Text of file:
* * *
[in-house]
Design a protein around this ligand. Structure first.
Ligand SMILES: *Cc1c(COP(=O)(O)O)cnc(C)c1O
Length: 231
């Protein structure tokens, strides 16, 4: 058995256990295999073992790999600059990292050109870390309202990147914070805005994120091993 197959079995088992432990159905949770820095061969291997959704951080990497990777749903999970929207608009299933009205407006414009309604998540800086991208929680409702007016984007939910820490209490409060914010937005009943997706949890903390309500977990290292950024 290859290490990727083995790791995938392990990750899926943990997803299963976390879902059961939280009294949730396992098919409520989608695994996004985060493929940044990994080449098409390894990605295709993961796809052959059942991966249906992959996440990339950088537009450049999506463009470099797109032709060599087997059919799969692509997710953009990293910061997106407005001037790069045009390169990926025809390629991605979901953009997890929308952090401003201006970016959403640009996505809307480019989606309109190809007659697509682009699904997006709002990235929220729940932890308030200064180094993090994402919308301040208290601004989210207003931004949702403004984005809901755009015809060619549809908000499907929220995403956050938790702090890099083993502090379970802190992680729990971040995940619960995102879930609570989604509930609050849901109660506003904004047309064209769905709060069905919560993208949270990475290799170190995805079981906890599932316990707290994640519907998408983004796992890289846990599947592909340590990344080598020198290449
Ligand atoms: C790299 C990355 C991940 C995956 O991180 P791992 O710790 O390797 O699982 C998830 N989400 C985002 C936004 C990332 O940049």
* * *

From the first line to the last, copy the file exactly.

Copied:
[in-house]
Design a protein around this ligand. Structure first.
Ligand SMILES: *Cc1c(COP(=O)(O)O)cnc(C)c1O
Length: 231
């Protein structure tokens, strides 16, 4: 058995256990295999073992790999600059990292050109870390309202990147914070805005994120091993 197959079995088992432990159905949770820095061969291997959704951080990497990777749903999970929207608009299933009205407006414009309604998540800086991208929680409702007016984007939910820490209490409060914010937005009943997706949890903390309500977990290292950024 290859290490990727083995790791995938392990990750899926943990997803299963976390879902059961939280009294949730396992098919409520989608695994996004985060493929940044990994080449098409390894990605295709993961796809052959059942991966249906992959996440990339950088537009450049999506463009470099797109032709060599087997059919799969692509997710953009990293910061997106407005001037790069045009390169990926025809390629991605979901953009997890929308952090401003201006970016959403640009996505809307480019989606309109190809007659697509682009699904997006709002990235929220729940932890308030200064180094993090994402919308301040208290601004989210207003931004949702403004984005809901755009015809060619549809908000499907929220995403956050938790702090890099083993502090379970802190992680729990971040995940619960995102879930609570989604509930609050849901109660506003904004047309064209769905709060069905919560993208949270990475290799170190995805079981906890599932316990707290994640519907998408983004796992890289846990599947592909340590990344080598020198290449
Ligand atoms: C790299 C990355 C991940 C995956 O991180 P791992 O710790 O390797 O699982 C998830 N989400 C985002 C936004 C990332 O940049």